Our neighbors and dear friends were Maj. Wilson and Madeline
Benton and Capt. Tex Henderson and Nita. Tex was C.O. of
the Air Police squadron. A great honor and farewell was
bestowed on Tom and Tex when they were "dined out"
at RAF Mildenhall by Hqtrs 3 Group and were presented with
a plaque. The Bells and Hendersons were invited for a farewell
dinner at Air Vice Marshall, Sir Mickie Dwyer's home. Our
3 years in England were wonderful and a fantastic experience.
Tom worked closely with the air refueling group from Plattsburg
AFB and then the B-47 crews from Schilling AFB (our old
Smoky Hill AAF!)
a surprise when we left England in 1955 to be sent to Lake
Charles AFB, LA! Tom went to Wichita, KS to be check out
in the B-47. Somehow, somewhere, he became involved in maintenance
and at LCAFB he would be Assistant DCM and /or CMS CO. Four
years later, Lake Charles AFB was closing. Tom was assigned
to a B-47 wing at Lincoln AFB NE, in maintenance! LAFB was
closing too in 1965. We felt jinxed. In March of 1965, we
were transferred to Blytheville AFB and worked under Col.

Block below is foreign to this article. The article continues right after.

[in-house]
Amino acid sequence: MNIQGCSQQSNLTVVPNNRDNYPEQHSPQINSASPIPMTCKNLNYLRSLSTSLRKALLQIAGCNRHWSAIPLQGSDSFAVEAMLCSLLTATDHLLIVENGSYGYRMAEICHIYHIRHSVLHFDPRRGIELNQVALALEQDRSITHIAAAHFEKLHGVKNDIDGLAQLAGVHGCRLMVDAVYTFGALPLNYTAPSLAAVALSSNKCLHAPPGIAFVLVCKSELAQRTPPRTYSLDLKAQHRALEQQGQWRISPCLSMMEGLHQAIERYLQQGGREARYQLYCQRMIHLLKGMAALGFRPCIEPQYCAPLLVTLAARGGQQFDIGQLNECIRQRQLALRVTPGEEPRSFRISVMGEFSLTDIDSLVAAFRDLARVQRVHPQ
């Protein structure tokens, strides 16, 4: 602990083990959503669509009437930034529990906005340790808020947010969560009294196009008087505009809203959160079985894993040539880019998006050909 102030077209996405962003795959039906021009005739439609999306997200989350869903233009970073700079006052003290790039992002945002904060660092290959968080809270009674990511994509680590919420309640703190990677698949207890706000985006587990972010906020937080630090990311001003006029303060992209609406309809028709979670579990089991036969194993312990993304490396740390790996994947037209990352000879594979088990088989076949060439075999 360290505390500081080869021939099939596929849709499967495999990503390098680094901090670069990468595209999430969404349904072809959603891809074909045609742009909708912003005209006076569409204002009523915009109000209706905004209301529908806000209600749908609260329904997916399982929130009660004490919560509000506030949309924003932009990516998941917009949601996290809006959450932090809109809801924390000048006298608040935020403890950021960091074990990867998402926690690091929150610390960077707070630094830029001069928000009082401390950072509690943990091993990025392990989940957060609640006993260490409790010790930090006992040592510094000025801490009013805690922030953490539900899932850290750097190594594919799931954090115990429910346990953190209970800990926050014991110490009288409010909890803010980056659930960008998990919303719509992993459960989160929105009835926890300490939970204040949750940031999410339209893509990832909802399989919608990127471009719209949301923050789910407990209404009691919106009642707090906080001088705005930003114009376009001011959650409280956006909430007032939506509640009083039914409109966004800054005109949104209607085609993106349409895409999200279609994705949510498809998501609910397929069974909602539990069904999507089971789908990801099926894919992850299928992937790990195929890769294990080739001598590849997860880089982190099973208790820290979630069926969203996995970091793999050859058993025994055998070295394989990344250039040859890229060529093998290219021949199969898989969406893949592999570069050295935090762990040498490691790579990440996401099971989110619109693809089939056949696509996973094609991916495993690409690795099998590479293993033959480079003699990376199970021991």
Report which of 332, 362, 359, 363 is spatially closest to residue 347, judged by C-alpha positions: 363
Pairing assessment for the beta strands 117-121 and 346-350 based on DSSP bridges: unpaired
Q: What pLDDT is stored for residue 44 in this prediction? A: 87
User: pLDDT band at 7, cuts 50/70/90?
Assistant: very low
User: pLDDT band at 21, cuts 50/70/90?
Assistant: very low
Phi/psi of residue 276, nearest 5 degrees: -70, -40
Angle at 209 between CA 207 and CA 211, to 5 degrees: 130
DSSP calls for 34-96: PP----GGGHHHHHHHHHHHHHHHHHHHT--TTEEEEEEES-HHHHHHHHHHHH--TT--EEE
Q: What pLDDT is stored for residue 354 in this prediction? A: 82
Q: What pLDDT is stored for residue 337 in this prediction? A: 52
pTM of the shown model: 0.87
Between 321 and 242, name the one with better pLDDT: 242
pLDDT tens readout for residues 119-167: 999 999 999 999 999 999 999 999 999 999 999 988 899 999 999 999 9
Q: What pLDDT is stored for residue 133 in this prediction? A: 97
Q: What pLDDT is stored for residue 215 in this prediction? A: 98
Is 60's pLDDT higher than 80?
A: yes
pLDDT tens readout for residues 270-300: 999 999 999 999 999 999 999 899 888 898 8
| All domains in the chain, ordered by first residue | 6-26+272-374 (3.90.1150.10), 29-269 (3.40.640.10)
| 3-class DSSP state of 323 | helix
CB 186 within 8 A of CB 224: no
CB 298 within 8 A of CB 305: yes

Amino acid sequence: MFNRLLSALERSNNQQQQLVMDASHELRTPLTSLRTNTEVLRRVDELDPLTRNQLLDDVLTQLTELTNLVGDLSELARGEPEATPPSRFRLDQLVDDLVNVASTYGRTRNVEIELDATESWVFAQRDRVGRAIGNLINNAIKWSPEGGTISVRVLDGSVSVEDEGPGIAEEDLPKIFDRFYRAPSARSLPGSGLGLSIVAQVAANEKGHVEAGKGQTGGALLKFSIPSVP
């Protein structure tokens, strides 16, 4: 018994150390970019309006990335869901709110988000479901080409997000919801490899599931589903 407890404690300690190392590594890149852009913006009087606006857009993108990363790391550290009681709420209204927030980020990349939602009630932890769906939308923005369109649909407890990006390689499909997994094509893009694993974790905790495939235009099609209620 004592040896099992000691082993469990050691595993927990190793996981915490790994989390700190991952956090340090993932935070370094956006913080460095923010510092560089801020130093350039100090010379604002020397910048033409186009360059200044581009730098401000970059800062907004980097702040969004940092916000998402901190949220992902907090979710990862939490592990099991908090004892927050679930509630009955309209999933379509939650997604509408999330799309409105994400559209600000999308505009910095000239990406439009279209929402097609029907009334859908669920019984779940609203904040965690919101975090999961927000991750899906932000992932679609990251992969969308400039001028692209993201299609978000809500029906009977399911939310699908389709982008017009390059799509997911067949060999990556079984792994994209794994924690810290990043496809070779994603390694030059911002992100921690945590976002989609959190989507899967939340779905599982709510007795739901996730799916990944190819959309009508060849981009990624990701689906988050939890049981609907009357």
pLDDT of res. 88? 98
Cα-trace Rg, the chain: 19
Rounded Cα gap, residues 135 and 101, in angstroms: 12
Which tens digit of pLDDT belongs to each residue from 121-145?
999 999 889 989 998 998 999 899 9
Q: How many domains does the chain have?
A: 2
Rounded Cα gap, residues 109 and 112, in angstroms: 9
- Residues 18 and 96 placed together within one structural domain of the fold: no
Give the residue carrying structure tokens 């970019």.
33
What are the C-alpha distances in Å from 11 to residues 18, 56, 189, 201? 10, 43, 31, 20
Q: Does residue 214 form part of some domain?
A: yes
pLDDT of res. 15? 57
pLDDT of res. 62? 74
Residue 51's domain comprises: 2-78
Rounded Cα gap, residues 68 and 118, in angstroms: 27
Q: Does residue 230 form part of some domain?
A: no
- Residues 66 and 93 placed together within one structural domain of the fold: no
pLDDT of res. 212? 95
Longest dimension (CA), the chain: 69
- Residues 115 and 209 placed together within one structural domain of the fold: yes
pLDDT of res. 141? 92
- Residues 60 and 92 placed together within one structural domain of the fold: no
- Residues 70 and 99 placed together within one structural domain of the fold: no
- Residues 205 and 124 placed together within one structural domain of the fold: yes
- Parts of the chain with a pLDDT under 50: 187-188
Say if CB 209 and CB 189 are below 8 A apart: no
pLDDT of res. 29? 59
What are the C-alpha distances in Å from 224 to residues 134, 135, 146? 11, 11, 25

John Livingston once more, a great gentleman. Col. Livingston
immediately appointed him president and chief instructor
of the base aero club in addition to his regular duties
as DCM/Assistant DCM.
of Tom's promotions were regular (no "spot" promotions
as in B-36s) and when he was passed over for full Col because
of the adjustment of the PLSD, he asked for an assignment
to Mather AFB. (Col. Livingston was in personnel at SAC
retired June 30, 1968. He immediately began civilian flight
instructing, first with the McClellan Aero Club, then others.
Later he chose to fly only with advanced students. A humorous
anomaly occurred when the B-52 ACs from Beale AFB came to
Tom at Lincoln Air Field, CA to obtain their ATP ratings
in a Cessna 172!
the years, the crew of P10 has kept in touch. Tommie Smith
(tail gunner) came out in 1990 to stay with Tom when Shirley
had surgery. We enjoyed his visit. His P10 crew always gave
him credit for returning them home from the Pacific WW II
air war over Japan.
passed away on January 24, 1997
and inurned at Arlington National Cemetery.
above biography provided by Shirley Bell, she can
be emailed at:email@example.com
son Scott can be emailed at: SnJmodprod@aol.com